“He was the most important voice in our lives for thirty years. And that voice made people reach for the stars. I hate the world without Walter Cronkite.” – George Clooney
Walter Cronkite, “the most trusted man in the world” died at his New York home today at the age of 92; no official cause of death was given, but Cronkite has been in failing health for a while.
“My father Walter Cronkite died,” his son Chip said Friday night. CBS interrupted programming to show an obit of the legendary anchorman.
Cronkite was the voice of an era, serving as anchor and managing editor of the “CBS Evening News” from 1962 until 1981. He was there with America for its highs and lows and handled each story with grace and masterful professionalism.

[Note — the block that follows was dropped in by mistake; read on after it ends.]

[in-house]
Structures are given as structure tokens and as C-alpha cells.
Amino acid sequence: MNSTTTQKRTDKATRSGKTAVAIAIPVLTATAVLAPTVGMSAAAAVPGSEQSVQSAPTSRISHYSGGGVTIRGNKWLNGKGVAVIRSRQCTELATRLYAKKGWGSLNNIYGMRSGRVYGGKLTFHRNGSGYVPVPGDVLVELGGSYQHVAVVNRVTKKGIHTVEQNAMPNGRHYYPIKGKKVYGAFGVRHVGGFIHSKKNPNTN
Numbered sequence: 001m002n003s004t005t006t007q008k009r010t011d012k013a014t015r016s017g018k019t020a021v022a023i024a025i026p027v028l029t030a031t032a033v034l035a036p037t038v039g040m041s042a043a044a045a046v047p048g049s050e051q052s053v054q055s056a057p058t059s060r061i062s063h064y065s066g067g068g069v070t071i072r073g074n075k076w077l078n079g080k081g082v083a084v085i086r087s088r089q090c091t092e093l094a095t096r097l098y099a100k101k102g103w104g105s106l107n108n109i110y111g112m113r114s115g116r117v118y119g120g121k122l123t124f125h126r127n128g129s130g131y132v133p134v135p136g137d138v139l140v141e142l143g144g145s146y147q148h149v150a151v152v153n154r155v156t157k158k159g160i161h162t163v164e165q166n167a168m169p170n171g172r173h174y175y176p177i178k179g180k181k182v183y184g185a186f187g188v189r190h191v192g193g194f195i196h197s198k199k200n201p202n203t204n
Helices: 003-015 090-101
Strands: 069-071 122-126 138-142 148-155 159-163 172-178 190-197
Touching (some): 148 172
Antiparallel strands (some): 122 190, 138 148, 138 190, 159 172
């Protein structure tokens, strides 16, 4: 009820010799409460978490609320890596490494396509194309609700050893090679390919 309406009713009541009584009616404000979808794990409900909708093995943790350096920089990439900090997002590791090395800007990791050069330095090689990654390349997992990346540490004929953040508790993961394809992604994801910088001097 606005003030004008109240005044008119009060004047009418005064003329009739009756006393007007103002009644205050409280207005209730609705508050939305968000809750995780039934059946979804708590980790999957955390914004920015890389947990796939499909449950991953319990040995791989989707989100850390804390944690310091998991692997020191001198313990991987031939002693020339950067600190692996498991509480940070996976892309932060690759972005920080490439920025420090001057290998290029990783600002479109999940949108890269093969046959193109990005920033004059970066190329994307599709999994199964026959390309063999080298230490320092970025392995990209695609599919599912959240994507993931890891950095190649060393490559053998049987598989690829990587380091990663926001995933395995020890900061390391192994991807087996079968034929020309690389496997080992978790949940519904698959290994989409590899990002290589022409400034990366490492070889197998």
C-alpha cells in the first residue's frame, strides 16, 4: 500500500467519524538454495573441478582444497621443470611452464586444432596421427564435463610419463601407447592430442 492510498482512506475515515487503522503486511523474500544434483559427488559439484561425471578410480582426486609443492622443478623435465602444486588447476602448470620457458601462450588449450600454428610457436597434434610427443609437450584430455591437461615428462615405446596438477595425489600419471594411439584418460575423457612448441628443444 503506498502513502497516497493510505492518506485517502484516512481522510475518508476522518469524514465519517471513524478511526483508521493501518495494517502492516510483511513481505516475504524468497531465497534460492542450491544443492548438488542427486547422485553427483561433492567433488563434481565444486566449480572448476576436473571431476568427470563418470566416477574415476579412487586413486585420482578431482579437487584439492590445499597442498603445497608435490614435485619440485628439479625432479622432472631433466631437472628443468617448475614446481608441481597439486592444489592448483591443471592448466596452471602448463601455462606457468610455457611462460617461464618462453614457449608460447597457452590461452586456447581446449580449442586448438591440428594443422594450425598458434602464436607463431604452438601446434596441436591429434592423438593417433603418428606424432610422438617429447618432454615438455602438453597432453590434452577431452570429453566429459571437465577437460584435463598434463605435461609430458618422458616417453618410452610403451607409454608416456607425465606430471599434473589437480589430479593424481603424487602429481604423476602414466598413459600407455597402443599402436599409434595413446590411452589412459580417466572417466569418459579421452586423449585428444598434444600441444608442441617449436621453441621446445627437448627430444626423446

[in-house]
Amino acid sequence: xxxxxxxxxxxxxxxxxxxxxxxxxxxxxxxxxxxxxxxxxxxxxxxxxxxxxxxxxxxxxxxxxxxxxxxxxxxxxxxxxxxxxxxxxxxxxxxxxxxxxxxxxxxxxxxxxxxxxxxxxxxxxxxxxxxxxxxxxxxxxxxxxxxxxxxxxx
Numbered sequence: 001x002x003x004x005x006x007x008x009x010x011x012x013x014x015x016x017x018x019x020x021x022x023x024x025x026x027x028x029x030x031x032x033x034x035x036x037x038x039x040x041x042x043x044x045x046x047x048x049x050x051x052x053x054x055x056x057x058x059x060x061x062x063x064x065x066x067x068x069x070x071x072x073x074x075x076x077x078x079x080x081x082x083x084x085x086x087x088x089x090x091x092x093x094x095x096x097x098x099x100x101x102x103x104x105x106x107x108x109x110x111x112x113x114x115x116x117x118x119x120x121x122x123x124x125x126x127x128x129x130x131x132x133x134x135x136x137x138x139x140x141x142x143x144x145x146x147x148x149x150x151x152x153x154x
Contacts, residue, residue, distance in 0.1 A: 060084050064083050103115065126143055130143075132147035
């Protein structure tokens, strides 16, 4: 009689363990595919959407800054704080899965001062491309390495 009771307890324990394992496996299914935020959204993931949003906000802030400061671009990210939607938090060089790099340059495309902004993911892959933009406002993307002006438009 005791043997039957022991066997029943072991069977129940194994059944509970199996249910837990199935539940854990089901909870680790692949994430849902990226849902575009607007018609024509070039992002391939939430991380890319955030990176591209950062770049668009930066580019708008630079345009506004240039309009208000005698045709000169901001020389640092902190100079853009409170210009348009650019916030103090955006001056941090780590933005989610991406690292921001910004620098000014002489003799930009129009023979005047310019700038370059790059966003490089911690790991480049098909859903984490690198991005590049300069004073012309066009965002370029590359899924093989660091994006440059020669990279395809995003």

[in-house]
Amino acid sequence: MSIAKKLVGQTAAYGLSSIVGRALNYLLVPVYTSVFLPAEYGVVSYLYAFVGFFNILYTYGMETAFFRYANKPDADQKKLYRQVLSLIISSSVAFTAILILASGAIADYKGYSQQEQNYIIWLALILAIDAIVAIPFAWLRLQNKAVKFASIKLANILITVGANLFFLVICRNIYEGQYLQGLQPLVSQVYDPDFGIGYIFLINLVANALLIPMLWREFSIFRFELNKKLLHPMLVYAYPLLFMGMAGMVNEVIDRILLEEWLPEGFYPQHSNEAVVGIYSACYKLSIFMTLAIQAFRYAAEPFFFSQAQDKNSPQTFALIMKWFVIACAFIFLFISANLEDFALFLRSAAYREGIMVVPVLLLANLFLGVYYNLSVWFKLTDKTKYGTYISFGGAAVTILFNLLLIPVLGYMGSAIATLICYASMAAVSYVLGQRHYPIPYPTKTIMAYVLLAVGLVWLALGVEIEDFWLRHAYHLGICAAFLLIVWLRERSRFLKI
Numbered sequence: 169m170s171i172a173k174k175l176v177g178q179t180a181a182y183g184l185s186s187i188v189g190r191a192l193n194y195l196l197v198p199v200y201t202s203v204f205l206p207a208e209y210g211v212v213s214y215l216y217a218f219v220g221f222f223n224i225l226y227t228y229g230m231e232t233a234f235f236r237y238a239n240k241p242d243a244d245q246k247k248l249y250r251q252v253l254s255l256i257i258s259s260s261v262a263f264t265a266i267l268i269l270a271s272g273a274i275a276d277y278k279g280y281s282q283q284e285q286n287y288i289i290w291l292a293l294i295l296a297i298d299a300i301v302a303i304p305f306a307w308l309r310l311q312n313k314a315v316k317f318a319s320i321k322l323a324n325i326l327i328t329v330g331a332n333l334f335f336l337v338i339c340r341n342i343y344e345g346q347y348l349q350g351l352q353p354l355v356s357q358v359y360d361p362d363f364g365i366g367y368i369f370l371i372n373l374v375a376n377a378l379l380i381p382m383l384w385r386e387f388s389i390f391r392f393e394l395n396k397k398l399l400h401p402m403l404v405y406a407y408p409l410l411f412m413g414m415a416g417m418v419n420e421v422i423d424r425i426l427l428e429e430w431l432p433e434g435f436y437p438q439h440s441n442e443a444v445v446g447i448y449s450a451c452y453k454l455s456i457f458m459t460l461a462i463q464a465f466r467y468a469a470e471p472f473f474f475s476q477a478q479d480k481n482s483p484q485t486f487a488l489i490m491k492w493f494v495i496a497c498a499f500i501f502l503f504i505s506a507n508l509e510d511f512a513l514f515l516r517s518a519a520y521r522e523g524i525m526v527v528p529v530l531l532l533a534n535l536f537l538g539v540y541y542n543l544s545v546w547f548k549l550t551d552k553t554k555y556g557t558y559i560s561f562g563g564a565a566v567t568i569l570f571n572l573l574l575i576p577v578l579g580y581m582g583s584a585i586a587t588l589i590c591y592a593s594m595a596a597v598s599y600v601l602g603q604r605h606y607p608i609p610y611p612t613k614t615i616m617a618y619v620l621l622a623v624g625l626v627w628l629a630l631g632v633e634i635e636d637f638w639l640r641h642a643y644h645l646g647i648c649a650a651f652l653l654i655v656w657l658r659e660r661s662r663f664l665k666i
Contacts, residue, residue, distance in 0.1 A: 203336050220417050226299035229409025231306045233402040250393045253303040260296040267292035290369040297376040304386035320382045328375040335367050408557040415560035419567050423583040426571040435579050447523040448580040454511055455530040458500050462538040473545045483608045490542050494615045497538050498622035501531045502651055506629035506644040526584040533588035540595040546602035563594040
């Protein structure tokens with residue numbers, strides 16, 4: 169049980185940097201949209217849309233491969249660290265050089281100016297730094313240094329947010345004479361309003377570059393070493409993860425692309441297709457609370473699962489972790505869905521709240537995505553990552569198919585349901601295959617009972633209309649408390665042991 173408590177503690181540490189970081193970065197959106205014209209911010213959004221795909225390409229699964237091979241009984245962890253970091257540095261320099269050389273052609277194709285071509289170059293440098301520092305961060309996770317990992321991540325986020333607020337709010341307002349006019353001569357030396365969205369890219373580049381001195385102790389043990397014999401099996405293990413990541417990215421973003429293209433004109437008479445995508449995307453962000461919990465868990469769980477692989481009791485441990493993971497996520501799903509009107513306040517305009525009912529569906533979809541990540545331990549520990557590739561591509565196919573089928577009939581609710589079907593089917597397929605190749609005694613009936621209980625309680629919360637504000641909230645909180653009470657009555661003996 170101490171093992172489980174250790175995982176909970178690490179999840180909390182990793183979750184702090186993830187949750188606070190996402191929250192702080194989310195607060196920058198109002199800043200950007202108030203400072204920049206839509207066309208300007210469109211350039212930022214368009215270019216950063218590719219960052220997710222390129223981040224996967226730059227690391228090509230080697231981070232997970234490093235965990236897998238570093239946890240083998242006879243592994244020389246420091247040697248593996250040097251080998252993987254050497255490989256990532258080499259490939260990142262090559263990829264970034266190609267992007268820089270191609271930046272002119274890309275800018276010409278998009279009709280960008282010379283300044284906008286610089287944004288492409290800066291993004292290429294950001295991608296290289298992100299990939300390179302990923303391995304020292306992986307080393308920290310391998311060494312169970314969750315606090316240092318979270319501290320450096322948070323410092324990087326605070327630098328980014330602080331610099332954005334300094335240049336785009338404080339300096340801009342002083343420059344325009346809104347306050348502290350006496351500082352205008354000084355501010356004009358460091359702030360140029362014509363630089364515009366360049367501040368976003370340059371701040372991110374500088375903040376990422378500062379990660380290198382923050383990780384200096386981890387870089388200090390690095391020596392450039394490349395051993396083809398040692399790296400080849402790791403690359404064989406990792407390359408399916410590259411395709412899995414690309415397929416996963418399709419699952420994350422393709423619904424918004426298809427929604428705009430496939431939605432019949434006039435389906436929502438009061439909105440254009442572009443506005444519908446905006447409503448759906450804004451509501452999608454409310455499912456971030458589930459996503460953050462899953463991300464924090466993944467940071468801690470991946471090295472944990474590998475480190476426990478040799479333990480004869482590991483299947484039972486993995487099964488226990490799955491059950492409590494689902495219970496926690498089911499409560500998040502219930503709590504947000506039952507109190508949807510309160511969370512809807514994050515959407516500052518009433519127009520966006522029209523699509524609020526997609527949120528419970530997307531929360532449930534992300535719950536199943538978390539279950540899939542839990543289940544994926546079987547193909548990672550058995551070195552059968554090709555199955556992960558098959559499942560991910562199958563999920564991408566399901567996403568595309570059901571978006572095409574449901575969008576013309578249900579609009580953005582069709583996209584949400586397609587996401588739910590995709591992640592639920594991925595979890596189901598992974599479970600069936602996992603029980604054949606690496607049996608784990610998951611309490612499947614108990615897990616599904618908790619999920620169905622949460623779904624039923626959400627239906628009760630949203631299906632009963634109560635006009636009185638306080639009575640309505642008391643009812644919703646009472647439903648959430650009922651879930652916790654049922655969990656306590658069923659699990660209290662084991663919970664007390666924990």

For two generations of Americans, Cronkite was a witness to history who also helped shaped perceptions of it. Although he rarely displayed emotion on camera, those moments are seared into the nation’s collective consciousness — Cronkite tearing up while announcing the assassination of John F. Kennedy, decrying the “thugs” at the 1968 Democratic National Convention or exclaiming “Go, baby, go!” as Apollo 11 lifted off for the moon 40 years ago this week.
“Walter was truly the father of television news…..The trust that viewers placed in him was based on the recognition of his fairness, honesty and strict objectivity.” – Morley Safer, correspondent for CBS’ “60 Minutes”
Walter Cronkite tells America that President John F. Kennedy has died…..
Five years later, on April 4, 1968, the special report was about Martin Luther King, Jr.